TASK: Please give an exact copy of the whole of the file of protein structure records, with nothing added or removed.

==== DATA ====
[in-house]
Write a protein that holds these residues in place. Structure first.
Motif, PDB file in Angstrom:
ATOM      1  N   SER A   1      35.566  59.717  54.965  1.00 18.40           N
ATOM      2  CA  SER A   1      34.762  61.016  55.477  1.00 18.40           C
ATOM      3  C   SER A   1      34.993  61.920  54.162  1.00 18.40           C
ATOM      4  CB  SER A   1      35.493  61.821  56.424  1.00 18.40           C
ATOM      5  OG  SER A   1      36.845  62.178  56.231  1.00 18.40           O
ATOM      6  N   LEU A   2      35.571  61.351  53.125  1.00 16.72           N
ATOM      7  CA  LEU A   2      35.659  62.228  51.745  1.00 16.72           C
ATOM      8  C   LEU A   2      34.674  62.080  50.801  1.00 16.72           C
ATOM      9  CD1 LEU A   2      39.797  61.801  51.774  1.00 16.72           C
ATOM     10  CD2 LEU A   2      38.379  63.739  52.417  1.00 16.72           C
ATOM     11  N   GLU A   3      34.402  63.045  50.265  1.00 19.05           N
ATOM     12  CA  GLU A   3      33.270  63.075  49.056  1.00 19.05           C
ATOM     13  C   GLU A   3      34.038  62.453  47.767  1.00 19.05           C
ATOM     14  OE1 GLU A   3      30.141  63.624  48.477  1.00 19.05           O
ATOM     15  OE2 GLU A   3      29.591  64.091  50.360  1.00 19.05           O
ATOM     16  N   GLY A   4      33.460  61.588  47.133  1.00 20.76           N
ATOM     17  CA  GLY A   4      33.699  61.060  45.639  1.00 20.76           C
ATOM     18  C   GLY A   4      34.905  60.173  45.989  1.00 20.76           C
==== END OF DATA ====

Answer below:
[in-house]
Write a protein that holds these residues in place. Structure first.
Motif, PDB file in Angstrom:
ATOM      1  N   SER A   1      35.566  59.717  54.965  1.00 18.40           N
ATOM      2  CA  SER A   1      34.762  61.016  55.477  1.00 18.40           C
ATOM      3  C   SER A   1      34.993  61.920  54.162  1.00 18.40           C
ATOM      4  CB  SER A   1      35.493  61.821  56.424  1.00 18.40           C
ATOM      5  OG  SER A   1      36.845  62.178  56.231  1.00 18.40           O
ATOM      6  N   LEU A   2      35.571  61.351  53.125  1.00 16.72           N
ATOM      7  CA  LEU A   2      35.659  62.228  51.745  1.00 16.72           C
ATOM      8  C   LEU A   2      34.674  62.080  50.801  1.00 16.72           C
ATOM      9  CD1 LEU A   2      39.797  61.801  51.774  1.00 16.72           C
ATOM     10  CD2 LEU A   2      38.379  63.739  52.417  1.00 16.72           C
ATOM     11  N   GLU A   3      34.402  63.045  50.265  1.00 19.05           N
ATOM     12  CA  GLU A   3      33.270  63.075  49.056  1.00 19.05           C
ATOM     13  C   GLU A   3      34.038  62.453  47.767  1.00 19.05           C
ATOM     14  OE1 GLU A   3      30.141  63.624  48.477  1.00 19.05           O
ATOM     15  OE2 GLU A   3      29.591  64.091  50.360  1.00 19.05           O
ATOM     16  N   GLY A   4      33.460  61.588  47.133  1.00 20.76           N
ATOM     17  CA  GLY A   4      33.699  61.060  45.639  1.00 20.76           C
ATOM     18  C   GLY A   4      34.905  60.173  45.989  1.00 20.76           C